Ted Goodwin <> (30.04.2000)

I agree that this is Traffic's best album (although many Traffic/Winwood fans say John Barleycorn Must Die is their best -- I can just imagine what you'd say to THAT). I can't even seriously pick out favorites or least favorites -- the whole dang thing is good. This is certainly where Mason justified his presence in the band. (Mason had already left and come back at least once by this time.) I like the last 2 songs just fine (Chris' lonely sax on "No Time To Live" is AWESOME), although I have to admit that Jim's lyrics -- as on many Traffic songs to come -- were such that Steve couldn't really work with them, so he had to work against them instead.

I'd just like to note that it's Dave, not Steve, who's responsible for "Don't Be Sad". (A lot of Winwood fans think -- quite understandably -- that Steve sings the middle part of the song, but the credits say Dave does the whole lead vocal. Besides, the resemblance to Steve is more in the style than the actual voice, and given the dynamics of the personalities involved there ain't no WAY Steve would have sung lead on a Dave song.)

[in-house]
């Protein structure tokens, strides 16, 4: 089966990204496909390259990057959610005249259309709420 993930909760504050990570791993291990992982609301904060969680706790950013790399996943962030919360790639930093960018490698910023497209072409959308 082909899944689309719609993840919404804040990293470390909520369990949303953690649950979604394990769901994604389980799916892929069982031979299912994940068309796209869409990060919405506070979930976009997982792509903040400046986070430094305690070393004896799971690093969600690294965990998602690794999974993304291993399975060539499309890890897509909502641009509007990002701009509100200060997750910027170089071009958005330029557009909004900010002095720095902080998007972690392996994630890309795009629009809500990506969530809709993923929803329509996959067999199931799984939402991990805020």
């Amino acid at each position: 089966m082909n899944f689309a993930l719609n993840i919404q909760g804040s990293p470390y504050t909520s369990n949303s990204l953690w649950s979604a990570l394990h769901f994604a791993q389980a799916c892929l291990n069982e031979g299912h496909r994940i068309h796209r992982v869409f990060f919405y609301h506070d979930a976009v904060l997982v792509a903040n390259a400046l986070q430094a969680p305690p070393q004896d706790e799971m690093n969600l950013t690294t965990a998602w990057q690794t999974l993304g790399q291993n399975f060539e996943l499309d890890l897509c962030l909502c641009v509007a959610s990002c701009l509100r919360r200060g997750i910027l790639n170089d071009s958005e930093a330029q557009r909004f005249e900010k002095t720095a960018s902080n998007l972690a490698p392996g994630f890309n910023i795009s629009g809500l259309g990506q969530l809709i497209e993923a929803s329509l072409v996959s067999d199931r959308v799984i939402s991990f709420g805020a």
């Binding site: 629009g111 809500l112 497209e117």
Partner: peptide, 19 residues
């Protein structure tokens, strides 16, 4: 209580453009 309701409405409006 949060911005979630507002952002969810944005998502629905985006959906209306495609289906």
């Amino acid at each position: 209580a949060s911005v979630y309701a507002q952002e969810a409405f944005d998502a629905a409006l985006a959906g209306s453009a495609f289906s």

Glenn Wiener <> (23.01.2002)

Easily Traffic's most focused release if not their best. The songs do not extend themselves like the numbers on John Barley Corn and Low Spark. This CD does come close to the level of the previously mentioned CD's. However the near perfect side 1 of John Barley Corn and several tracks on Low Spark are noticeably more polished than the best tracks on this self titled release. None the less, David Mason's songwriting is what elevates this release ahead of the Mr. Fantasy. 'Crying To Be Heard' to my ears is one beautiful song. The vocal arrangement between Steve and Dave on the final verse is truly beautiful. Heck this song is one of Traffic's most introspective numbers. Probably the best track on the album although there are several other strong numbers. A few tracks have some moments that drag but overall this is a solid release. Your review is certainly on the money.

Bob Josef <> (28.01.2002)